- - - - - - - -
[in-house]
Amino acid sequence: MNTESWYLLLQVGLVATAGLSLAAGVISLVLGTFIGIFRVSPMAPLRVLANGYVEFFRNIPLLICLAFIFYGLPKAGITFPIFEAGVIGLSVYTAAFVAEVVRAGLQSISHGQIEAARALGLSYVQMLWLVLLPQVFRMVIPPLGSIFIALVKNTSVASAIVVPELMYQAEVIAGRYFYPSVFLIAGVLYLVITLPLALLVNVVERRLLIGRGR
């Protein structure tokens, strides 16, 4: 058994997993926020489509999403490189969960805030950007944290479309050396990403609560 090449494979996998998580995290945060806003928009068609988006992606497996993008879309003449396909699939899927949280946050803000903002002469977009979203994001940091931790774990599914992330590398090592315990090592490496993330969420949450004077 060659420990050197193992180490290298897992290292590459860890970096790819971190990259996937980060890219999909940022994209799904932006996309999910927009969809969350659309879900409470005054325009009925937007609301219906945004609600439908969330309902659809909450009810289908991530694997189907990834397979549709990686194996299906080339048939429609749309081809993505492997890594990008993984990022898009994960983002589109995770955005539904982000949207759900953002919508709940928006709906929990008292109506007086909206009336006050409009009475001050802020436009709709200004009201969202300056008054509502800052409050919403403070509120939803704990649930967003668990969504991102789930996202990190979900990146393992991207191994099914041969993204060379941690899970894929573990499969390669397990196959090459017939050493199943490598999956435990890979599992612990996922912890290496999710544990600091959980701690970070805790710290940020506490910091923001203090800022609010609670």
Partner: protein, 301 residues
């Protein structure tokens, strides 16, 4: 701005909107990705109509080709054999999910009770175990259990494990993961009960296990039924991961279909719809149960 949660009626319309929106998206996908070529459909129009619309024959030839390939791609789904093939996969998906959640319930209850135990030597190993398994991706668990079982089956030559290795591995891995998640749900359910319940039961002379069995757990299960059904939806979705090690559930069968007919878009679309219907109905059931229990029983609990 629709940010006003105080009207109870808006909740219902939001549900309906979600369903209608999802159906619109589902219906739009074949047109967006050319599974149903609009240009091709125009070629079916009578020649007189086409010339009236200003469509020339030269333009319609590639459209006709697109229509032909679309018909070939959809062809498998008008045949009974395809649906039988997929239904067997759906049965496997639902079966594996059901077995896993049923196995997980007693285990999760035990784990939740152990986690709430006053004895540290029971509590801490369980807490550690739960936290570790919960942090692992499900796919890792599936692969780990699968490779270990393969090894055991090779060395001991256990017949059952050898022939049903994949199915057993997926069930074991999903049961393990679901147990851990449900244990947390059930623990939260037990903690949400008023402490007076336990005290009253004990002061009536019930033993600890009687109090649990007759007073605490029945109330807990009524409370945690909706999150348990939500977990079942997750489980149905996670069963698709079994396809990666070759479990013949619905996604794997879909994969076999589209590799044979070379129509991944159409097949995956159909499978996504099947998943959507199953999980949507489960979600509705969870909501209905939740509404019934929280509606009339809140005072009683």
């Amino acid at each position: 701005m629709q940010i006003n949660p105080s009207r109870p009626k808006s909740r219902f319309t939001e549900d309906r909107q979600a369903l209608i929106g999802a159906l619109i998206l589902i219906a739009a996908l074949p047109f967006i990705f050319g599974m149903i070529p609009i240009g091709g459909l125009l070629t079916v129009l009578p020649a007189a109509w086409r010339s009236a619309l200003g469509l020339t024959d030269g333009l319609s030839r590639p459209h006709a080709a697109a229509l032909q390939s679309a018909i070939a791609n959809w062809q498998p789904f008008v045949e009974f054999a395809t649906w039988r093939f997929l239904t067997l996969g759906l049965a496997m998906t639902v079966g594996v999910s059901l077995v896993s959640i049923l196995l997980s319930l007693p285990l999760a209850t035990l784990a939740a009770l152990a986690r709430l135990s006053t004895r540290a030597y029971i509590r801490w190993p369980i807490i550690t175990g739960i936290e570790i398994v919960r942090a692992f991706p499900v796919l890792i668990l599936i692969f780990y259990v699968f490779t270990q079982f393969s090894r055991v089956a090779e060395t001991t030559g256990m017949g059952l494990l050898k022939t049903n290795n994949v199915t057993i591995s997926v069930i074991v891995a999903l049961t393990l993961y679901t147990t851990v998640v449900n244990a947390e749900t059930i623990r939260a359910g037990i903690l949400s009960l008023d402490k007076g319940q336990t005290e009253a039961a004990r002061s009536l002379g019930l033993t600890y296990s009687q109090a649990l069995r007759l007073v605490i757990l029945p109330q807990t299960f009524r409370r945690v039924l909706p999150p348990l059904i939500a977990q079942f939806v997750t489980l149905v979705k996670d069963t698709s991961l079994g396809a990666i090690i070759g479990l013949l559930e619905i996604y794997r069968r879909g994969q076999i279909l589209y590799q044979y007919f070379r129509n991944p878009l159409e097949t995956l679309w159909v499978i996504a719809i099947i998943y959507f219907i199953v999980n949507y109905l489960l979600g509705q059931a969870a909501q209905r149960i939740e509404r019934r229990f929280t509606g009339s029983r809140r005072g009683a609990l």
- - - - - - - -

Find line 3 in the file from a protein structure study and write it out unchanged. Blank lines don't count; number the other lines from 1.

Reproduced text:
């Protein structure tokens, strides 16, 4: 058994997993926020489509999403490189969960805030950007944290479309050396990403609560 090449494979996998998580995290945060806003928009068609988006992606497996993008879309003449396909699939899927949280946050803000903002002469977009979203994001940091931790774990599914992330590398090592315990090592490496993330969420949450004077 060659420990050197193992180490290298897992290292590459860890970096790819971190990259996937980060890219999909940022994209799904932006996309999910927009969809969350659309879900409470005054325009009925937007609301219906945004609600439908969330309902659809909450009810289908991530694997189907990834397979549709990686194996299906080339048939429609749309081809993505492997890594990008993984990022898009994960983002589109995770955005539904982000949207759900953002919508709940928006709906929990008292109506007086909206009336006050409009009475001050802020436009709709200004009201969202300056008054509502800052409050919403403070509120939803704990649930967003668990969504991102789930996202990190979900990146393992991207191994099914041969993204060379941690899970894929573990499969390669397990196959090459017939050493199943490598999956435990890979599992612990996922912890290496999710544990600091959980701690970070805790710290940020506490910091923001203090800022609010609670």